Timeshares: A Yearly Vacation or Just an Expensive Frustration? Despite recent improvements, are timeshares worth the money? Budget Travel Wednesday, Mar 30, 2005, 12:00 AM Budget Travel LLC, 2016


Timeshares: A Yearly Vacation or Just an Expensive Frustration?

Despite recent improvements, are timeshares worth the money?

Taverns and pubs in the 1800's used to carry signs warning patrons--"No Politics, No Religion"--the two topics of conversation so contentious that it was considered best to avoid them altogether. A current-day version of those signs might be expanded to include timeshares. Ask ten different travelers about timeshares and you will very likely get ten different responses; some love them, some hate them, some have been too scared by timeshare horror stories to even give them any thought. But timeshares have changed a great deal since their introduction in the 1960's, so they at least deserve a second look before we outlaw any further discussion of them.

The basic premise behind timeshares is simple enough--travelers make a one-time purchase in advance for the rights to use a property for a certain amount of time each year, usually in weekly intervals. Prices vary according to the size, location, season and amenities of the property, but the average cost for a new one-week interval timeshare is around $15,000.

In addition to the purchase price, owners pay annual maintenance fees which can range anywhere from $450 to $750. The sticker price for a new timeshare is a lot for most people to swallow, but stretch that cost out over a lifetime and--in theory, at least--owners pay a fraction of what a lifetime's worth of week's stays at a hotel would cost.

Of course, that is Timeshares 101. Things get more complicated when you get down to the fine print. There are fixed weeks, floating weeks, swaps, peak seasons, point systems, deeded properties, color codes and so on. Bill Rogers has been a timeshare owner for over ten years, he runs a website devoted to solving fellow timeshare users' problems, and yet even he admits that he doesn't have all the answers.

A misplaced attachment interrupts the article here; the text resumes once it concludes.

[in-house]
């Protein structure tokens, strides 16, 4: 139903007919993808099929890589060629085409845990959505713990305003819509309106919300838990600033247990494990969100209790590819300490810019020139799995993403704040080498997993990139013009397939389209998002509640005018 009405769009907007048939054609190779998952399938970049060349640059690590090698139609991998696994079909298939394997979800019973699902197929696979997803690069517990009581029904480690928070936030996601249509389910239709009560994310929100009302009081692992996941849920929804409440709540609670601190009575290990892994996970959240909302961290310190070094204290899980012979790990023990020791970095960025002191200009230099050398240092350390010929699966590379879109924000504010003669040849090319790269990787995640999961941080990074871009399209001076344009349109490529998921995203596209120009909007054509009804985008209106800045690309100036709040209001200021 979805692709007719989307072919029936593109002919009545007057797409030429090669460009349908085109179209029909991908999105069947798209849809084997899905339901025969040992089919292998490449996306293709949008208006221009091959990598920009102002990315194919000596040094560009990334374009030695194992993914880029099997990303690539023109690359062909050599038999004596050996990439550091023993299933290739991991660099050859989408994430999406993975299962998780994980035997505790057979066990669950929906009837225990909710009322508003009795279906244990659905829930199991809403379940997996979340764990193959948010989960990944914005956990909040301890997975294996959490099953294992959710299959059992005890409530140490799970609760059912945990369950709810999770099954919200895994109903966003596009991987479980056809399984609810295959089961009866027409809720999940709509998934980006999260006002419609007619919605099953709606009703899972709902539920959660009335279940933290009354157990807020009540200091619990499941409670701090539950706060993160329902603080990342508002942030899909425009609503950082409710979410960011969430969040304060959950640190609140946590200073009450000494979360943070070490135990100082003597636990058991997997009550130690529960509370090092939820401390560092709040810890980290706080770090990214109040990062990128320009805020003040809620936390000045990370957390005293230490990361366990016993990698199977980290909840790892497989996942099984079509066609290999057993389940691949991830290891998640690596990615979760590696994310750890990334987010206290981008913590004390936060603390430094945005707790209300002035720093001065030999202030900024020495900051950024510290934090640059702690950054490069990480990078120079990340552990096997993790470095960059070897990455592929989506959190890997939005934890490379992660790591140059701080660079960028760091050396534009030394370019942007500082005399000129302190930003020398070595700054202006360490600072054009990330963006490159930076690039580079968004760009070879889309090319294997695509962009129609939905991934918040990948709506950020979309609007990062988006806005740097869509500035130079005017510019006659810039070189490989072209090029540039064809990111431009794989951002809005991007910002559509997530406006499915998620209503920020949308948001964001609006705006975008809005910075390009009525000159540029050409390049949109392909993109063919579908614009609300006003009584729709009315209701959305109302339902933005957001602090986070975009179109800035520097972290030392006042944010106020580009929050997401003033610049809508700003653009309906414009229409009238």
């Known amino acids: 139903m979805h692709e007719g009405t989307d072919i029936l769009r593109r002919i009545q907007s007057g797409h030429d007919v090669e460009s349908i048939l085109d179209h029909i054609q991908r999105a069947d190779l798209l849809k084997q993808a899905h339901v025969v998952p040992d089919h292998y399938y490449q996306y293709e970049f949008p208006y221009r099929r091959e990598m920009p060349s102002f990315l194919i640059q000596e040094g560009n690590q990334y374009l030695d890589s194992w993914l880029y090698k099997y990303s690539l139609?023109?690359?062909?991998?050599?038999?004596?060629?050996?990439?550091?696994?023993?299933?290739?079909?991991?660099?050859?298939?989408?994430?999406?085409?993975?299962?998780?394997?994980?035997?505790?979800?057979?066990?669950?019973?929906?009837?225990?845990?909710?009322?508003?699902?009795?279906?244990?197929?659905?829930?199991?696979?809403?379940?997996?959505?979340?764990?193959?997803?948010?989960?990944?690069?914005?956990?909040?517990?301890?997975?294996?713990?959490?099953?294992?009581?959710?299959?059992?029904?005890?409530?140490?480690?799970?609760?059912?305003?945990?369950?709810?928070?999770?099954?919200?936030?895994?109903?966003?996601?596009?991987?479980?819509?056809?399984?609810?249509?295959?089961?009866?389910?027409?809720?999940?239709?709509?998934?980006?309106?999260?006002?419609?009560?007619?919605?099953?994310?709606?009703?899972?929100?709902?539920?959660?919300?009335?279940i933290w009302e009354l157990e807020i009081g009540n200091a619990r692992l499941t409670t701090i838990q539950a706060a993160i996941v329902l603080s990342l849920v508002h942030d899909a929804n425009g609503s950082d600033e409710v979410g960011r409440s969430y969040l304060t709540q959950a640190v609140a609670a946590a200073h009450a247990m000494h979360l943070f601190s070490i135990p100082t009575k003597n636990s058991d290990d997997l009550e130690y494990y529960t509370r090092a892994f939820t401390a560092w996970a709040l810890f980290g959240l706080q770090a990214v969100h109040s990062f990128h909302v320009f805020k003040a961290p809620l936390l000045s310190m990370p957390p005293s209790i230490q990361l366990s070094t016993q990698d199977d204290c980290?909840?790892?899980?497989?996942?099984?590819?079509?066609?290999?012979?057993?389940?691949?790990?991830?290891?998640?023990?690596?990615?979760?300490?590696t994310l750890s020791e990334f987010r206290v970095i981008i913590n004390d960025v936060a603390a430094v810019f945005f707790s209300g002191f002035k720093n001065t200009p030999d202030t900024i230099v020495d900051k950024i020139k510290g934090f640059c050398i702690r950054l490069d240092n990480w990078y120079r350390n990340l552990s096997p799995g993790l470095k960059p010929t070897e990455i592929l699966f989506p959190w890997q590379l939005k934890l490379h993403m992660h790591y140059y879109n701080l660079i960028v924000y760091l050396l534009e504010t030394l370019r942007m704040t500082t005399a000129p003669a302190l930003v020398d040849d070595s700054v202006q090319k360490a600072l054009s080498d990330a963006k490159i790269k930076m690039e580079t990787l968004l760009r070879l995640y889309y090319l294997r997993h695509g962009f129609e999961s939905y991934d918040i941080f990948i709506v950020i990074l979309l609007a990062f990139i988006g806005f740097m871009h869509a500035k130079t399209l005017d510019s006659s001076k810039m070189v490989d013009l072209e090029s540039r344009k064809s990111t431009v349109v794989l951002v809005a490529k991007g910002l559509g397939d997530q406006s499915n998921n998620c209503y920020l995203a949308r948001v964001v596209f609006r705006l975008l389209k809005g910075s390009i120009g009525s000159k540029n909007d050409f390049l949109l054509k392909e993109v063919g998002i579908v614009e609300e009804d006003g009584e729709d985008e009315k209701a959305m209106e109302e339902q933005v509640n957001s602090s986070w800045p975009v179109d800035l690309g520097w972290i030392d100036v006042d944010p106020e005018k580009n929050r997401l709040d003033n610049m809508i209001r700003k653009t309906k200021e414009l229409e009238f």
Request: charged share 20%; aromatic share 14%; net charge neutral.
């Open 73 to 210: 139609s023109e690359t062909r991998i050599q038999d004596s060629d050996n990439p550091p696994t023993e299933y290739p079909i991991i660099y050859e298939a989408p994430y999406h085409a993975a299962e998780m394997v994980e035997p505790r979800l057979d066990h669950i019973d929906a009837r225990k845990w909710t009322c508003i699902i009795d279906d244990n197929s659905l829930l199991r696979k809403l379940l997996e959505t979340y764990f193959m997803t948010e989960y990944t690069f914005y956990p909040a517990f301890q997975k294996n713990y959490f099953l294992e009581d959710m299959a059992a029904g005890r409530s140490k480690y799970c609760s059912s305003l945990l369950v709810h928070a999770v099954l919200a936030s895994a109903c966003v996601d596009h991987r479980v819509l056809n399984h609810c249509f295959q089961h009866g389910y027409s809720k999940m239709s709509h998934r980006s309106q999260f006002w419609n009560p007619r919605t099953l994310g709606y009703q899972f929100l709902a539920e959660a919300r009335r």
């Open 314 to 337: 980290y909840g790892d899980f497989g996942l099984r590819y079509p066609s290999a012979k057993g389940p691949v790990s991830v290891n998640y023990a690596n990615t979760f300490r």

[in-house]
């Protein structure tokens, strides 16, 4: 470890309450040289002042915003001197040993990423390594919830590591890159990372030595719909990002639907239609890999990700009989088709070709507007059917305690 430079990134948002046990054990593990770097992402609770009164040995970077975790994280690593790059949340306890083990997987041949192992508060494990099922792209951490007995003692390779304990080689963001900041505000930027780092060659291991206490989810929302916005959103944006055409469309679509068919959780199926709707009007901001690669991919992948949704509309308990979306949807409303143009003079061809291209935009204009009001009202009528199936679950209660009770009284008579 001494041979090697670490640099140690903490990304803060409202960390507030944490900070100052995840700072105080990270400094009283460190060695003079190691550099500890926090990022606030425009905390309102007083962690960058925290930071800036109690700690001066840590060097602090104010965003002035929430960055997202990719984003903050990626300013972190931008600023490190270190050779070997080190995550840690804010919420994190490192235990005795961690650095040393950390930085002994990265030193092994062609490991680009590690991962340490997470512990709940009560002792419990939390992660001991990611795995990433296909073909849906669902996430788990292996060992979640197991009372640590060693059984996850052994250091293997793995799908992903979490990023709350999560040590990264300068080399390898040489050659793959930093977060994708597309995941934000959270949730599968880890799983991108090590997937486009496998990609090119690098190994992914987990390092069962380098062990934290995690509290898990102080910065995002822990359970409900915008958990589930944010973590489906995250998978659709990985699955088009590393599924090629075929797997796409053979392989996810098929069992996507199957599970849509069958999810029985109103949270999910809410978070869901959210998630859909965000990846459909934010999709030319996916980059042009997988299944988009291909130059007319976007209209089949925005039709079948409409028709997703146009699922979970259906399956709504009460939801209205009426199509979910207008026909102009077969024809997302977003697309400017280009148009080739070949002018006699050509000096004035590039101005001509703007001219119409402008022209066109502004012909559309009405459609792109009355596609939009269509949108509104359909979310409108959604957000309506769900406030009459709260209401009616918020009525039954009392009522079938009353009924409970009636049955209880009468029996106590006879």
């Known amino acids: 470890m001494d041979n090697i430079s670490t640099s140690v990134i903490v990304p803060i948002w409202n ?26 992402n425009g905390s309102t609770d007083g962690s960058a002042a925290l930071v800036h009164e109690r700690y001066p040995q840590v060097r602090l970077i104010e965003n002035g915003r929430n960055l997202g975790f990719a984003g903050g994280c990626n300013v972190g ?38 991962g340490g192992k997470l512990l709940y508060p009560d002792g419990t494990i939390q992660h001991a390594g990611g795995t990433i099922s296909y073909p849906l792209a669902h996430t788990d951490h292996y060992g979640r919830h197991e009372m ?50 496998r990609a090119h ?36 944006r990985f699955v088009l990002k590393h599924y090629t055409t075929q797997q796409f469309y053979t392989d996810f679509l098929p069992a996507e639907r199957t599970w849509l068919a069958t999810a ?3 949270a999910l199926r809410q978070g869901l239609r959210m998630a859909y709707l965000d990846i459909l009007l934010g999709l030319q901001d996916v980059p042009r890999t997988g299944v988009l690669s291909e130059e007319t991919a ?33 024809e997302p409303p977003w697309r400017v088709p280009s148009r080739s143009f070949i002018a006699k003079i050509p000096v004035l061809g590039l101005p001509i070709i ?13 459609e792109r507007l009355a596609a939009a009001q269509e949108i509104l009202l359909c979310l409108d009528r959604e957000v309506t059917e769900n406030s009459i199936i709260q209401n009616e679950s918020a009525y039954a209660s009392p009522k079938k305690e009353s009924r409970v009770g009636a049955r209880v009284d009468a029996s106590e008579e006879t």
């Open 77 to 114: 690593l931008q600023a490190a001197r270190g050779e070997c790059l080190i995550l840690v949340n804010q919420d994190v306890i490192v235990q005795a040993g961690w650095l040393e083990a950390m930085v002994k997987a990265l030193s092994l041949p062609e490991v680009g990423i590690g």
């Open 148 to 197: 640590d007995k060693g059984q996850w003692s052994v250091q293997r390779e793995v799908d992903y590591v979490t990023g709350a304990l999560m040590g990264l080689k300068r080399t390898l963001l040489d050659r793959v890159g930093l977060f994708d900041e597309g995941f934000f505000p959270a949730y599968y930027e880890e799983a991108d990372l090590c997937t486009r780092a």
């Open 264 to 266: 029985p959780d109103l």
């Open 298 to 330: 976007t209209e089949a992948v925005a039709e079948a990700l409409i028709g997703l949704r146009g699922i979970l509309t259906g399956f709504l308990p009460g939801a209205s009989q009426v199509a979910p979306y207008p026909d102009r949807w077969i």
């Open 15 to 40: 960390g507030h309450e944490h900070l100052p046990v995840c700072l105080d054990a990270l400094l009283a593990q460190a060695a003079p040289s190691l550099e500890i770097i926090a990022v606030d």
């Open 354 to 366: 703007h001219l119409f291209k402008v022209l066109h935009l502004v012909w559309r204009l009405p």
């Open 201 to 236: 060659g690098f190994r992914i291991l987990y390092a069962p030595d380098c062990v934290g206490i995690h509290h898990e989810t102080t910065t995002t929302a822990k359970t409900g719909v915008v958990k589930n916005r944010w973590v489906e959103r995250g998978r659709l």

"There's no such thing as a timeshare expert," he says, "the rules are always changing and there is always something new to learn." The number one piece of advice Rogers gives to potential timeshare buyers is to do their homework. "There are countless stories of people who have had bad experiences with timeshares, but most likely, those are the people who didn't take the time to educate themselves before they bought," says Rogers.

Jim Cummings has been a timeshare owner for over twenty years. "Overall, I think timeshares are generally a bad idea," says Cummings. "Having said that, I own four," he adds with a laugh.

Cummings' sentiment is typical among timeshare owners. Even the most ringing endorsement of timeshares usually comes with a caveat. "Timeshares have allowed me to stay at some really great resorts at prices a lot lower than I would have spent on an equivalent hotel," Cummings says, "but they are a lot of work. You really have to work the system to make timeshares pay off."

Before signing on the dotted line

The most important thing to consider before buying a timeshare is whether or not they fit the way you travel. A person who prefers exploring a region and staying in a different hotel every night is probably not the best timeshare candidate. Someone who takes a more laid-back approach and enjoys having a "home base" while traveling might do well with the more residential feel of a timeshare.

Rogers says the best way to get acquainted with timeshare properties is to actually go and visit them, sitting in on a few timeshare presentations. Usually packaged as part of a discount vacation--travelers receive a free stay at a hotel if they agree to listen to a "property demonstration,"--these sales pitches are notorious for their hard sell techniques and have probably added more to the negative stigma of timeshares than anything else.

"They have actually been toned down a lot," says Rogers. "I've heard of presentations where you would have to sacrifice your first born just to get out of there, but there are not many of those around any more."

Jim Cummings disagrees. "They are worse than you can imagine," he says. "Having to sit through three hours of a presentation that was only supposed to last a half hour is about the worst torture I can think of."  They may be a necessary evil, however, as some properties can only be viewed as part of a presentation package.

As long as buyers go into presentations with a firm resolve not to buy that day, Rogers says presentations can provide important information. Though presenters try to entice potential buyers with promises of special deals it's always best to research the options first.

Big bargains on the resale market

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Note:This story was accurate when it was published. Please be sure to confirm all rates and details directly with the companies in question before planning your trip.

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